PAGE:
Joshua Rozenberg’s article on the Diplock courts (1 October) reminded me of the first case in which Richard Ferguson QC appeared in England. In some ways the tale is a template in how not to handle a client.
I was acting for a man accused of killing a security guard in a bank robbery. There was a defence to murder, as the gun had been faulty and manslaughter was a remote possibility. Like most criminals he was only really interested in how long. The first time I saw him he wanted to know whether there was any possibility of probation. I said I didn’t think so and the next time he inquired about a suspended sentence. No, I didn’t think that was on either. Four years? Possibly.
By the time we reached the committal I had worked him up to agree that seven was the minimum – if we could get a manslaughter verdict anyway. Junior counsel came to see him and we gradually worked up to a position that 18 years would be acceptable.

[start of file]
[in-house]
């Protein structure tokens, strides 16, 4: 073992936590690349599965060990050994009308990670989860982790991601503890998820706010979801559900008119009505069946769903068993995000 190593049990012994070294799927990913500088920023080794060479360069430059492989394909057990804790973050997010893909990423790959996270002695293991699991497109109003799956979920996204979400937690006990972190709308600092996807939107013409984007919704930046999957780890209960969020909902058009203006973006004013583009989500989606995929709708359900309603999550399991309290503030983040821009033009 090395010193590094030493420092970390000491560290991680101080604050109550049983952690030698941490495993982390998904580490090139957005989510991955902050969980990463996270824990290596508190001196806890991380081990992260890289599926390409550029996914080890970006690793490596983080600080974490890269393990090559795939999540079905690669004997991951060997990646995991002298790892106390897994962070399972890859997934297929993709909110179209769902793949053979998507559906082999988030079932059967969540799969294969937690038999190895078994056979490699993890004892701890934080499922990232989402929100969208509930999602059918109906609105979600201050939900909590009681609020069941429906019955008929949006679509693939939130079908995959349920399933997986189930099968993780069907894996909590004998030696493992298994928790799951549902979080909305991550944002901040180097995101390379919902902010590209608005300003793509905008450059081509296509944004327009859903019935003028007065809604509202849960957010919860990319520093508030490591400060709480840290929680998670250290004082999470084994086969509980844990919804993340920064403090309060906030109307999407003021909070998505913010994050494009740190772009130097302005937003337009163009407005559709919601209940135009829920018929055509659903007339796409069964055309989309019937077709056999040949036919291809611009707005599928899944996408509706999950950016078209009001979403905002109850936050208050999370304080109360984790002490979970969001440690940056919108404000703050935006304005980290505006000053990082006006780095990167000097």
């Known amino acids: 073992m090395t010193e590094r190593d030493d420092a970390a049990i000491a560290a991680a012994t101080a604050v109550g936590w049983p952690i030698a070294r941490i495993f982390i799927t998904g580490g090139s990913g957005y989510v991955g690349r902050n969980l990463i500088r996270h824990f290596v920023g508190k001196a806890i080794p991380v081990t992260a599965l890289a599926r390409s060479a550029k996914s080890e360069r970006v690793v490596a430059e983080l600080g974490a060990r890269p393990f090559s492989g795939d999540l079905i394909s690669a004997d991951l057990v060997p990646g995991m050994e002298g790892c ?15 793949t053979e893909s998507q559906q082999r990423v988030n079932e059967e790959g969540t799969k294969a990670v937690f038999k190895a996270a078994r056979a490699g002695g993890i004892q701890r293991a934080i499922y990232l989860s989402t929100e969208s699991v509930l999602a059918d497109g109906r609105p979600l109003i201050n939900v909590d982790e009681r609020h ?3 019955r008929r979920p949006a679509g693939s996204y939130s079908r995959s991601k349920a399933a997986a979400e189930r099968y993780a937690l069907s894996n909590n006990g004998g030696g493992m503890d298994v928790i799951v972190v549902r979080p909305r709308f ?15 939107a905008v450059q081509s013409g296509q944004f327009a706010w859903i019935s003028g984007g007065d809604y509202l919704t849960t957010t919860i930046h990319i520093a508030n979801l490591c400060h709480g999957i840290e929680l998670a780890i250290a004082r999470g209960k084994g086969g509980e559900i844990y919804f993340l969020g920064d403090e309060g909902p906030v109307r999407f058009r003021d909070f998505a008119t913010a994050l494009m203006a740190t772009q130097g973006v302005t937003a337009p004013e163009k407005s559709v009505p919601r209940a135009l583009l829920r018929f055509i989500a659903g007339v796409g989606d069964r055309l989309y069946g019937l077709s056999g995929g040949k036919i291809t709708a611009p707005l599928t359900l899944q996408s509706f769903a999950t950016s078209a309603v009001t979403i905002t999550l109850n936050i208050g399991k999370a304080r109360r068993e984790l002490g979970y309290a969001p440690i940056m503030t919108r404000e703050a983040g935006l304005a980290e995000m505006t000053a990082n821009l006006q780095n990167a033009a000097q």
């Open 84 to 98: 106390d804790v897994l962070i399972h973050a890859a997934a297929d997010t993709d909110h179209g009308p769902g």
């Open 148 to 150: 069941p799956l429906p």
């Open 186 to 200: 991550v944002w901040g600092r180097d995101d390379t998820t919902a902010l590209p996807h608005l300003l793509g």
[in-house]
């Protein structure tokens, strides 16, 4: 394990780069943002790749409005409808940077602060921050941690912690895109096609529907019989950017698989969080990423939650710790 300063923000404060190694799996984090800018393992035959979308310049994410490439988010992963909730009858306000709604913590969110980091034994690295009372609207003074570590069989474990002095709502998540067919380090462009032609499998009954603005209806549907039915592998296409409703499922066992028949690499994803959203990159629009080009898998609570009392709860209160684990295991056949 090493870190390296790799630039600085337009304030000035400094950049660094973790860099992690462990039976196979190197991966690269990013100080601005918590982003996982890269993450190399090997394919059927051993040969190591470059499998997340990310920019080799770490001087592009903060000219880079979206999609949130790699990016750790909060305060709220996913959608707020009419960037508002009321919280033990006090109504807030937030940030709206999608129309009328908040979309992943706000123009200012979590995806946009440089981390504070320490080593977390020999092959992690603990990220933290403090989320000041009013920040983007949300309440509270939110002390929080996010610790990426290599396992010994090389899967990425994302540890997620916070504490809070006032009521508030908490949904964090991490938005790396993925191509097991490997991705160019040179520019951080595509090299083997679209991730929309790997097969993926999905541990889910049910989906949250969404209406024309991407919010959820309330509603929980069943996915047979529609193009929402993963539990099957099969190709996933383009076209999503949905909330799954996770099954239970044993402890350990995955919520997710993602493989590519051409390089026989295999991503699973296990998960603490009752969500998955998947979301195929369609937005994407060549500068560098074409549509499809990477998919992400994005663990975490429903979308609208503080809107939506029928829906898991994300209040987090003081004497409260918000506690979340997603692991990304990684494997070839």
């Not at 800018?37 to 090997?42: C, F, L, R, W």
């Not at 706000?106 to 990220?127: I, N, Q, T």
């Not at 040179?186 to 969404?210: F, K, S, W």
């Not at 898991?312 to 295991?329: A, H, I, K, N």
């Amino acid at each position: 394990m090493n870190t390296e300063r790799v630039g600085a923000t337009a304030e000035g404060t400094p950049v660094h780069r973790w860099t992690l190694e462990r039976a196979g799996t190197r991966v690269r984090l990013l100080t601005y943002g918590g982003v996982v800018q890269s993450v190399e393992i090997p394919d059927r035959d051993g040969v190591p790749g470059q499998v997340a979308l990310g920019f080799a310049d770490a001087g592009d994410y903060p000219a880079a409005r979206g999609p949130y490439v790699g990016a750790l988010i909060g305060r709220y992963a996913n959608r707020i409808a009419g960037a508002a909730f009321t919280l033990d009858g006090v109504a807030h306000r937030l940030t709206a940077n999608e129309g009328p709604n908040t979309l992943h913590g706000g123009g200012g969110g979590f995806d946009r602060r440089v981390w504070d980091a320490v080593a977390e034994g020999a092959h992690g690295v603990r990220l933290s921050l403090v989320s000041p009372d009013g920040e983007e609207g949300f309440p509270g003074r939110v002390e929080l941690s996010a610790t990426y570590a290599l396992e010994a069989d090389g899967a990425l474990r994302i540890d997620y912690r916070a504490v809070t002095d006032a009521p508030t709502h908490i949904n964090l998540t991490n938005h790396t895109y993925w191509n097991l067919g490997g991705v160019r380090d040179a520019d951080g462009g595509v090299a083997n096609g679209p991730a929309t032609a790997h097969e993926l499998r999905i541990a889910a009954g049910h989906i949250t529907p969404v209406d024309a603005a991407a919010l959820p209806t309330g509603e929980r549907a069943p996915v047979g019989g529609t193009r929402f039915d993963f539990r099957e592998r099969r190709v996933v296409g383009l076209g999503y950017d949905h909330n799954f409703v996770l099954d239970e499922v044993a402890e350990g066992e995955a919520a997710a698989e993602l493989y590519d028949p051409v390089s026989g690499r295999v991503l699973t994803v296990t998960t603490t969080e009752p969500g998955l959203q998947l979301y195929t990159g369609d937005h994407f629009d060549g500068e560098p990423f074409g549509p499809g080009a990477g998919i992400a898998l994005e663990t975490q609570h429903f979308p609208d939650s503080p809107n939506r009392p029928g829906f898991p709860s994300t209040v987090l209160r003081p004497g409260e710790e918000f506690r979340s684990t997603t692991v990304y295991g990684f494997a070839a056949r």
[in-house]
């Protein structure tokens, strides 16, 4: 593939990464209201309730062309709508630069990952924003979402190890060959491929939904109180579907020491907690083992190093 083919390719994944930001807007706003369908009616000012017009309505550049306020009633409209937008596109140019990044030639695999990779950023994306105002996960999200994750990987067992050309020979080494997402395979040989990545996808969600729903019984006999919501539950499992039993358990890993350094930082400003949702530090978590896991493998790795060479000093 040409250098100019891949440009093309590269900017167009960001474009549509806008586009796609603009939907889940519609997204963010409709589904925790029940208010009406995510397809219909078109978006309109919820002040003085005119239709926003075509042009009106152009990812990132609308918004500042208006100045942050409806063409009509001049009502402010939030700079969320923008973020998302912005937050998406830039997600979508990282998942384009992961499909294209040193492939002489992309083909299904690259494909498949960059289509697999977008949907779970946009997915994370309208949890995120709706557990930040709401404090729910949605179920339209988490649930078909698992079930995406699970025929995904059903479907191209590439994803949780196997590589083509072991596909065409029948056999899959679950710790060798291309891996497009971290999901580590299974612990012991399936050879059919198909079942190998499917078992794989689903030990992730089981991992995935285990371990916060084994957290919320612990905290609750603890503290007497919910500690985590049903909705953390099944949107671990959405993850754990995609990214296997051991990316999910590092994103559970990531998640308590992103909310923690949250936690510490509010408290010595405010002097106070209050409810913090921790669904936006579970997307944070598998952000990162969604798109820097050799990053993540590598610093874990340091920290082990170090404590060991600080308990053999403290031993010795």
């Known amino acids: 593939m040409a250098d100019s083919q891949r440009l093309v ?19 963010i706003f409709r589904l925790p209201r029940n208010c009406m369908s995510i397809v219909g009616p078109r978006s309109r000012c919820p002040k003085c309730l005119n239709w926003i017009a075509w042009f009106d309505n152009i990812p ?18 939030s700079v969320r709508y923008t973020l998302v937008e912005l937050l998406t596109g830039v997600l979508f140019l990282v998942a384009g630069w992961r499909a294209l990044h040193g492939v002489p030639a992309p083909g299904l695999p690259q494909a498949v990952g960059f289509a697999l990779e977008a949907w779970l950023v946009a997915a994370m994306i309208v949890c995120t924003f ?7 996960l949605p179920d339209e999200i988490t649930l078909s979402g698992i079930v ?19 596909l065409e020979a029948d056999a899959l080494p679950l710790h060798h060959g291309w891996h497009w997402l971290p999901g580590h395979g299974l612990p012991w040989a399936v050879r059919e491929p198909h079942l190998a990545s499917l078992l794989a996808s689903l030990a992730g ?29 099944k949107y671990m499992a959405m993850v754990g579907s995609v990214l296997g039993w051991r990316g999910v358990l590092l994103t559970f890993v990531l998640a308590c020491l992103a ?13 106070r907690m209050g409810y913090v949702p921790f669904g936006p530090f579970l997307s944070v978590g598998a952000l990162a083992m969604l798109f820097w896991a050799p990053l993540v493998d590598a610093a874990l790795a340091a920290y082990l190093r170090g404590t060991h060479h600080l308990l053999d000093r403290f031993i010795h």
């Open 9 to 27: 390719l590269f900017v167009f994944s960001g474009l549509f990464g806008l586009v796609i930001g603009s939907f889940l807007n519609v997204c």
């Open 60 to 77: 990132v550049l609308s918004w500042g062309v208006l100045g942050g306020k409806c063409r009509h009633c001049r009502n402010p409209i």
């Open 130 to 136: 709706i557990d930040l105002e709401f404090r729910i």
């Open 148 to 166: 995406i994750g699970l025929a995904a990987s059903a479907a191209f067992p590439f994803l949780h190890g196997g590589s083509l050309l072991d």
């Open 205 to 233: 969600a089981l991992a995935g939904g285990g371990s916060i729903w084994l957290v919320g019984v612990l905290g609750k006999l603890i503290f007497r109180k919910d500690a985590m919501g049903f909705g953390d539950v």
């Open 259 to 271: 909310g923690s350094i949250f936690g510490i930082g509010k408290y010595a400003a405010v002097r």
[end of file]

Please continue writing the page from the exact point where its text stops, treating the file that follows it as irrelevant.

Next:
Then came the QC. The consultation was short. She swept into the visiting room and had hardly sat down before he asked, ‘What am I going to get Miss?’
‘If I were the judge, I’d give you 21 years,’ the silk replied.
‘You’re f**king fired. All of you.’
The silk swept out.
At the opening of the trial the defendant was refused a new solicitor and counsel. By the end of the first day he had been banished to the cells. That evening his mother called me, begging me to go and see her son. He had also written a penitent note to the judge. Yes, legal aid would be restored. No, there would be no adjournment.
I spoke to the silk’s clerk. She was already on another case and wasn’t going to be spoken to like that. I had two days to brief another silk. And that is where Dick Ferguson came in. He had just arrived from Northern Ireland and was free. His opening words to the jury were masterful, telling them of their privileged position as ‘in Ireland, where I come from, there is no such thing as a jury’.
After that they ate out of his hand. Manslaughter and 18 years.
James Morton is a writer and former criminal defence solicitor